Gary Bettman addressed the media that had gathered outside the meetings where the NHL made a new offer to the players association. Little detail has been released about what was actually offered by the NHL to the NHLPA. The NHL throughout this lockout has not used the media as a negotiating tool, but this move was the first time in the process they teased the media with their offer.
The biggest detail coming from the offer is there would be a 50/50 split of hockey related revenue across the board contingent on an 82 game regular season. Bettman would not go into detail about how escrow would work because it would be unfair to the players’ association and the negotiating progress.
“We hope we’ve given our best shot,” Commissioner Gary Bettman told reporters Tuesday afternoon. “We very much want to preserve a full 82-game season, and in that light, we made a proposal, an offer, really that is out best shot at preserving an 82-game regular season and playoffs.”
“Obviously, we didn’t put this proposal, this offer, together overnight, and the NHLPA is going to need a little time to review it. I’m hoping that review will get us to a positive and constructive place.”
Bettman added he believed that the league’s new offer addressed the concerns the players had about their salaries. The NHL backed down from their demand for a rollback on current player contracts which were signed under the previous agreement which saw the players get 57 percent of the hockey related revenue.
NHLPA executive director Donald Fehr addressed the media after the commissioner and said, “The offer is at least six years long and is an excellent start in hopes the season can be saved.” He would not go into further detail about the proposal until the players had a chance to study the proposal. There is a conference call scheduled for later in the day with the union executive committee.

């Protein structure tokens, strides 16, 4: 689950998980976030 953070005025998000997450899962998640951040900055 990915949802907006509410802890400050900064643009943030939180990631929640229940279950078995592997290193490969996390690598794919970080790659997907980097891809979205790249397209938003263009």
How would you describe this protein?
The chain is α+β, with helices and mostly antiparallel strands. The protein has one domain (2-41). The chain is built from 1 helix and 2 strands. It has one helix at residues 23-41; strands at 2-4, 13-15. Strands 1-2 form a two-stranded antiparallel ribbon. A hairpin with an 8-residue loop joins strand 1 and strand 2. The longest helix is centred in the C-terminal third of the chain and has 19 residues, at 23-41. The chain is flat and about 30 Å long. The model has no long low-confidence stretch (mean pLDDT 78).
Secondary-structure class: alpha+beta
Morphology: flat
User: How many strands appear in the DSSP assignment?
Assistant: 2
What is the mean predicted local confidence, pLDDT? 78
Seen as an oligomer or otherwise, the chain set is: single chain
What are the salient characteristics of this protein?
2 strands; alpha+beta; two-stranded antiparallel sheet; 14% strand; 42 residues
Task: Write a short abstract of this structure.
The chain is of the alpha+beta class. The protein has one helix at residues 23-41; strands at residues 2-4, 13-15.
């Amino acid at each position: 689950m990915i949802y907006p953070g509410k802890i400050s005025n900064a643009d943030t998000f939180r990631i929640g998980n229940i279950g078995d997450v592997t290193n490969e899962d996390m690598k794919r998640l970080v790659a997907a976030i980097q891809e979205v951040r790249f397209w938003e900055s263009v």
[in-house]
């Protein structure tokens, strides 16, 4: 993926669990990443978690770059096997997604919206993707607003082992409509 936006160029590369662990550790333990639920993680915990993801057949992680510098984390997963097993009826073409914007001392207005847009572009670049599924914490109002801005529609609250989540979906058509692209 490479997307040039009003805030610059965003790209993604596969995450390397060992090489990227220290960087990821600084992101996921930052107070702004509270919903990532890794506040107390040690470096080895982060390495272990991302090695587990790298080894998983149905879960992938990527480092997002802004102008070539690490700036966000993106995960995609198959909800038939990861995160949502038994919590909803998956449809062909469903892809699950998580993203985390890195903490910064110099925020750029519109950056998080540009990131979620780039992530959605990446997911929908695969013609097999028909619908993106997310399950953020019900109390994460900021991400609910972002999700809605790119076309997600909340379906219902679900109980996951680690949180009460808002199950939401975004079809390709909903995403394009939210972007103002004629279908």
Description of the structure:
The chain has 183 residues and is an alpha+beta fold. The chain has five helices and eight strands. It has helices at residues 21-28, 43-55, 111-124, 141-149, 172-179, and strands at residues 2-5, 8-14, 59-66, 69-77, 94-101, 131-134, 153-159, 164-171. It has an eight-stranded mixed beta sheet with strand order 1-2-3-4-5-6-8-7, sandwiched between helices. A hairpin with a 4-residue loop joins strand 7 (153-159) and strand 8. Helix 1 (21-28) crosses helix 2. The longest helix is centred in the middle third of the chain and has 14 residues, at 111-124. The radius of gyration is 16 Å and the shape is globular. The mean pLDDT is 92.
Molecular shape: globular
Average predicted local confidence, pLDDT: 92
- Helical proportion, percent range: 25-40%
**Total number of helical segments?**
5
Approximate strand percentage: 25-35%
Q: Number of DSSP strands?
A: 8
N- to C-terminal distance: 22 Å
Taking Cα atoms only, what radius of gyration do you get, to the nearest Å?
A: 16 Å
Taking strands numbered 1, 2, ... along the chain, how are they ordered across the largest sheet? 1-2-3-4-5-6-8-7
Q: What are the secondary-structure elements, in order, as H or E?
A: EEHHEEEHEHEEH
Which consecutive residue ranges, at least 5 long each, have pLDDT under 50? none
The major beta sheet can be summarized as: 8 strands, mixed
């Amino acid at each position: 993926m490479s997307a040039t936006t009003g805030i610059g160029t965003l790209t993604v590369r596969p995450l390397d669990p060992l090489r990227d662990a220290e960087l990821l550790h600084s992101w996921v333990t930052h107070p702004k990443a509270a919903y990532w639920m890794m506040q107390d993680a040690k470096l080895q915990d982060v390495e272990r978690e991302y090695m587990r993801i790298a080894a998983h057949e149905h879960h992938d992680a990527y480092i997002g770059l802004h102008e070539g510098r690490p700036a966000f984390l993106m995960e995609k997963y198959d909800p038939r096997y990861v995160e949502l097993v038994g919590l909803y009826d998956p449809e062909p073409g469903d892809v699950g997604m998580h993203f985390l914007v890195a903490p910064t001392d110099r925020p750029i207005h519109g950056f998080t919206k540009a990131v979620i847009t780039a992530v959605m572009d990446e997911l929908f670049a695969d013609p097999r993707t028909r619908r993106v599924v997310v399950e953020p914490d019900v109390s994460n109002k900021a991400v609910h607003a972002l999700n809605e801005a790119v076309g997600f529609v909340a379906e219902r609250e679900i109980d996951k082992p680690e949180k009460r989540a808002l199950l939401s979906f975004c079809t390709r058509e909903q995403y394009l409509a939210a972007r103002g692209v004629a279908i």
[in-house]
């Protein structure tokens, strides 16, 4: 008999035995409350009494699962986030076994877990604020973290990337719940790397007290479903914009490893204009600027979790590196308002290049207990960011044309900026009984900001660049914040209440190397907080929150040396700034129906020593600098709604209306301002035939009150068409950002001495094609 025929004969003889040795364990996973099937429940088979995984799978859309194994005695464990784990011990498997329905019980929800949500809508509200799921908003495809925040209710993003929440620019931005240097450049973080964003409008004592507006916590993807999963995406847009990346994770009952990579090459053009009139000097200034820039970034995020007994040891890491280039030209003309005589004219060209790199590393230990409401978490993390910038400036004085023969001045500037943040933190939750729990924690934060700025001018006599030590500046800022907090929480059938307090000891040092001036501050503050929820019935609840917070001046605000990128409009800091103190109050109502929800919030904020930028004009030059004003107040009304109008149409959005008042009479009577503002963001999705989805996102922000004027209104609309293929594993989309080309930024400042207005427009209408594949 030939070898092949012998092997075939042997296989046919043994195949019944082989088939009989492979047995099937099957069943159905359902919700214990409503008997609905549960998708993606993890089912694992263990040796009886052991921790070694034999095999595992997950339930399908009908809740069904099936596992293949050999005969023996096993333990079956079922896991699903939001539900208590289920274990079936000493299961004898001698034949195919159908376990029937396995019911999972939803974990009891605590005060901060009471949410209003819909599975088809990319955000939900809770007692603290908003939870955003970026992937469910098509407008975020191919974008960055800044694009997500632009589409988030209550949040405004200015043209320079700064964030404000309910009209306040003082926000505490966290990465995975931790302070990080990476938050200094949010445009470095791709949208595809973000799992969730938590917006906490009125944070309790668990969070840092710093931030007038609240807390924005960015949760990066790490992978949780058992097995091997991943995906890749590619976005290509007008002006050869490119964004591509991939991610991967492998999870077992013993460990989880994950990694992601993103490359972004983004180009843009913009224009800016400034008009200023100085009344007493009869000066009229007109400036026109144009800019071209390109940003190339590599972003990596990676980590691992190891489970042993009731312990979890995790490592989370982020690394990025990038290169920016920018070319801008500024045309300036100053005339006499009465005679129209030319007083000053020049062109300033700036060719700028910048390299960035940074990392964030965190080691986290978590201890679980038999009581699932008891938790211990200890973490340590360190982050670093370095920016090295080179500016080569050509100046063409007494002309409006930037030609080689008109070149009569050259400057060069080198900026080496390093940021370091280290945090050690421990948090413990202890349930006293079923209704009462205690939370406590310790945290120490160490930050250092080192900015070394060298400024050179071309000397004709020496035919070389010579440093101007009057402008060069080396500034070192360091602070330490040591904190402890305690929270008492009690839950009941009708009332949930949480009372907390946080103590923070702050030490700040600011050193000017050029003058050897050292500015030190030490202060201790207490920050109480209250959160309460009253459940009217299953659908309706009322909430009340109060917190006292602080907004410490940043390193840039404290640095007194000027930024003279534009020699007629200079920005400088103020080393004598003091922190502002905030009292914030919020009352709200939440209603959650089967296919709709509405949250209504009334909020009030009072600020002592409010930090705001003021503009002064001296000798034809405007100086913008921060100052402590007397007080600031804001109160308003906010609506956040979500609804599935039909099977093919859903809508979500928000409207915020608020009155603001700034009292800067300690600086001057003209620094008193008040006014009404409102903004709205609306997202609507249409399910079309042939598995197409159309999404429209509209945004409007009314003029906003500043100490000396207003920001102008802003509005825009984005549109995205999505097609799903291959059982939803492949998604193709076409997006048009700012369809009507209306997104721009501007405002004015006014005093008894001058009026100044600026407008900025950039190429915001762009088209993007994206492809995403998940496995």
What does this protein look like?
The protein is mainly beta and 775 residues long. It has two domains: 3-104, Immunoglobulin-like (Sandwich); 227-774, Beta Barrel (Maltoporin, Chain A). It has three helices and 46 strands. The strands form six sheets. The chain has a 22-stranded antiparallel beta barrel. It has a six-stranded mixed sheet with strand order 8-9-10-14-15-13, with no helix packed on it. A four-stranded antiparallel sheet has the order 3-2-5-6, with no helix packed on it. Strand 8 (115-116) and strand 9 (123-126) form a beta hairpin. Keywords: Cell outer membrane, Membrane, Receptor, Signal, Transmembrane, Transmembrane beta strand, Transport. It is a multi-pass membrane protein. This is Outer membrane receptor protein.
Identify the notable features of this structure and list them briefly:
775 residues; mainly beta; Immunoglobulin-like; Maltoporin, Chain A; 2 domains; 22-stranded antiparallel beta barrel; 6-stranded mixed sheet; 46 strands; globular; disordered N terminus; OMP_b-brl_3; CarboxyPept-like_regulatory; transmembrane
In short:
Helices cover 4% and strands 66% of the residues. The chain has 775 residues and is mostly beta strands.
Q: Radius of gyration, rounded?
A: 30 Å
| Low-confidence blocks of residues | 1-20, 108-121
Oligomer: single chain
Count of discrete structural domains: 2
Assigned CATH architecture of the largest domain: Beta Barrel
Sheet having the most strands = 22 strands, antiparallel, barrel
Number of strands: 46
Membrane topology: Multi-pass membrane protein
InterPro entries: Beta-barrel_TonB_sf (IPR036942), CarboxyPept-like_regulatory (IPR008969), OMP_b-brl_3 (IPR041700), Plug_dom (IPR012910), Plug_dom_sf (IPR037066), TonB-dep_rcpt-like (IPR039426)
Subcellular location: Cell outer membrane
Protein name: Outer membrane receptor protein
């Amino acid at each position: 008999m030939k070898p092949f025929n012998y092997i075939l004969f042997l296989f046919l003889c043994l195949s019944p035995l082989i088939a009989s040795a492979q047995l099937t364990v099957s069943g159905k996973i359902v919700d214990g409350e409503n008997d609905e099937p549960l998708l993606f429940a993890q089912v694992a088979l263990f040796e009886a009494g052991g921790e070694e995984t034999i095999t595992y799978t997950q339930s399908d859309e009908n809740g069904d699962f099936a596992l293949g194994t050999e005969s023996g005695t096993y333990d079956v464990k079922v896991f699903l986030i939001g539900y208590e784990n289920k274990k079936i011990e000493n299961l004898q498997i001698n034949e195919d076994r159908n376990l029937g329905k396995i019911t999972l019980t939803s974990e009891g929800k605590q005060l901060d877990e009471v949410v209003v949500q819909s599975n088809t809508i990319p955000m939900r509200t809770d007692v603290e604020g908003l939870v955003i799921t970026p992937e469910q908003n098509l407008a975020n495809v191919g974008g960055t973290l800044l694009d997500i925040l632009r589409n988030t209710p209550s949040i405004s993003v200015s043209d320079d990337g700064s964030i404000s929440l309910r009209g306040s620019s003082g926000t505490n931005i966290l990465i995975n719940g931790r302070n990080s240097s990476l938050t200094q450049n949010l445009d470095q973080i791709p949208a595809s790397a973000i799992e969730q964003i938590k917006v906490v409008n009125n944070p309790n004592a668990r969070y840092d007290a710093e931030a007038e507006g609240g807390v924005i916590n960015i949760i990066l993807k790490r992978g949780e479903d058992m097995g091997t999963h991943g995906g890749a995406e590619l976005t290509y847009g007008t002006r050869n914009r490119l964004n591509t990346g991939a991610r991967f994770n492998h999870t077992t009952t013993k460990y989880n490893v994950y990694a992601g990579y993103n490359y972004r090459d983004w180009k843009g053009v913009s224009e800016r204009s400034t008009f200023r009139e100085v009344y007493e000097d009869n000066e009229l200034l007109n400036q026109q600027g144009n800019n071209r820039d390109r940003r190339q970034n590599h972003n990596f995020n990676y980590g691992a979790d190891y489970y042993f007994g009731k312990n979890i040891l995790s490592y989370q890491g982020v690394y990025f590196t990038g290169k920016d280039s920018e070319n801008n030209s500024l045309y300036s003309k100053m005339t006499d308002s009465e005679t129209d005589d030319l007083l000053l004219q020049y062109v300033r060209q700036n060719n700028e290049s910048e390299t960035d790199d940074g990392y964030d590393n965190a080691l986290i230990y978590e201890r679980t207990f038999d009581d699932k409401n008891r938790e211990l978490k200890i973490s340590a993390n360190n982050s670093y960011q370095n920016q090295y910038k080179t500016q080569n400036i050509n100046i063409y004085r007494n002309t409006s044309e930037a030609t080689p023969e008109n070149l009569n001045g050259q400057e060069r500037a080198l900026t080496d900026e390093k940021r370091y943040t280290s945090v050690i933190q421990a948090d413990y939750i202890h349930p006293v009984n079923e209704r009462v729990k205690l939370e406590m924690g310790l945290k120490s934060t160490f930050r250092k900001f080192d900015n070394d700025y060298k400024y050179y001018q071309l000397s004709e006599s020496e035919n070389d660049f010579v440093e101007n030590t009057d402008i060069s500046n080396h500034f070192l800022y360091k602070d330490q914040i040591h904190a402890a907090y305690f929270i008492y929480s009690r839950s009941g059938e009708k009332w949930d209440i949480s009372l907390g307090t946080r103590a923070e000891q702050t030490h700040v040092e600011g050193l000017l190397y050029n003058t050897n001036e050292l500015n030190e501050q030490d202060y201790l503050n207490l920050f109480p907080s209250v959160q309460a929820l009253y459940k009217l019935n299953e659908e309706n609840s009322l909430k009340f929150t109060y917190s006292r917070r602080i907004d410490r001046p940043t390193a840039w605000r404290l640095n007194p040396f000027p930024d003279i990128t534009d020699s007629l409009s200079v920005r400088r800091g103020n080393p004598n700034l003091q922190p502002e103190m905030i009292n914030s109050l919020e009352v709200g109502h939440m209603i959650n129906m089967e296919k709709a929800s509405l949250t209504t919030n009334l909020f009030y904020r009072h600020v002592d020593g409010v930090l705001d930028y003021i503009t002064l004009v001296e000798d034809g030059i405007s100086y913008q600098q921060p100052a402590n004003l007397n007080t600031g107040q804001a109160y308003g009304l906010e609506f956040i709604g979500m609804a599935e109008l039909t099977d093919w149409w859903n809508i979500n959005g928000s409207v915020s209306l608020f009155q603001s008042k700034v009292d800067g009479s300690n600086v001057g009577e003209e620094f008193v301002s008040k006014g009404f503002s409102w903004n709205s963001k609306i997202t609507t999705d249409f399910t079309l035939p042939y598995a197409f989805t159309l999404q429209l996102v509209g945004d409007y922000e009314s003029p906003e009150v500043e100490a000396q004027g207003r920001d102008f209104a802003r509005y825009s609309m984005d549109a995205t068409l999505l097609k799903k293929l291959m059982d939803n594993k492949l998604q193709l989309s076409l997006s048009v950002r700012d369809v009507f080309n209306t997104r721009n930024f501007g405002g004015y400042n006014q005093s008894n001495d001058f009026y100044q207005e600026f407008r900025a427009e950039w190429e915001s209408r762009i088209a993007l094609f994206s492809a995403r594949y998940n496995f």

John Shannon of Sportsnet reported that some of the more controversial demands from the last offer were dropped or scaled back:
“The league kept its demand to limit all player contracts to five years, but is willing to keep entry-level contracts at three years in length. Arbitration rights would also remain in place, although it is not known if the owners want to restrict them. Players can become free agents after eight years of service or at 28 years of age, which is an increase of one year in both categories from the previous agreement.”
There is one important detail from the NHL the players are concerned with and that is escrow. As CBC’s Elliotte Friedman pointed out, “Bettman will not go into how escrow would work,” this could be the reason why there were no rollbacks in this latest offer. Dropping from 57 percent to 50 percent hurts the players; many people figured that was number for HRR that would get a deal done.
Negotiations resumed today in the NHL’s labor dispute with the NHL Players Association. It was the first time in five days following two days of meeting in New York last week. The Big Four (Bettman, Daly, and the Fehr brothers), were in attendance as both sides looked to bridge the gap on the core economic issues.
Both sides were in communication on a regular basis since the lockout began on September 15th; however, most of the issues that were discussed had been on non-core economics issues. The proposal by the NHL ended the game of chicken being played by both parties about who was going to bring a proposal to the table first.
Prior to today, the last time either side brought an offer to the table was September 12th. Many insiders did not see this proposal coming from the NHL owners because the owners made it clear that the next offer should be coming from the NHLPA.
There is still a lot of work to get done before November 2nd, but this offer is a step in the right direction for hockey to get played this season. One thing is for sure both parties want to play hockey.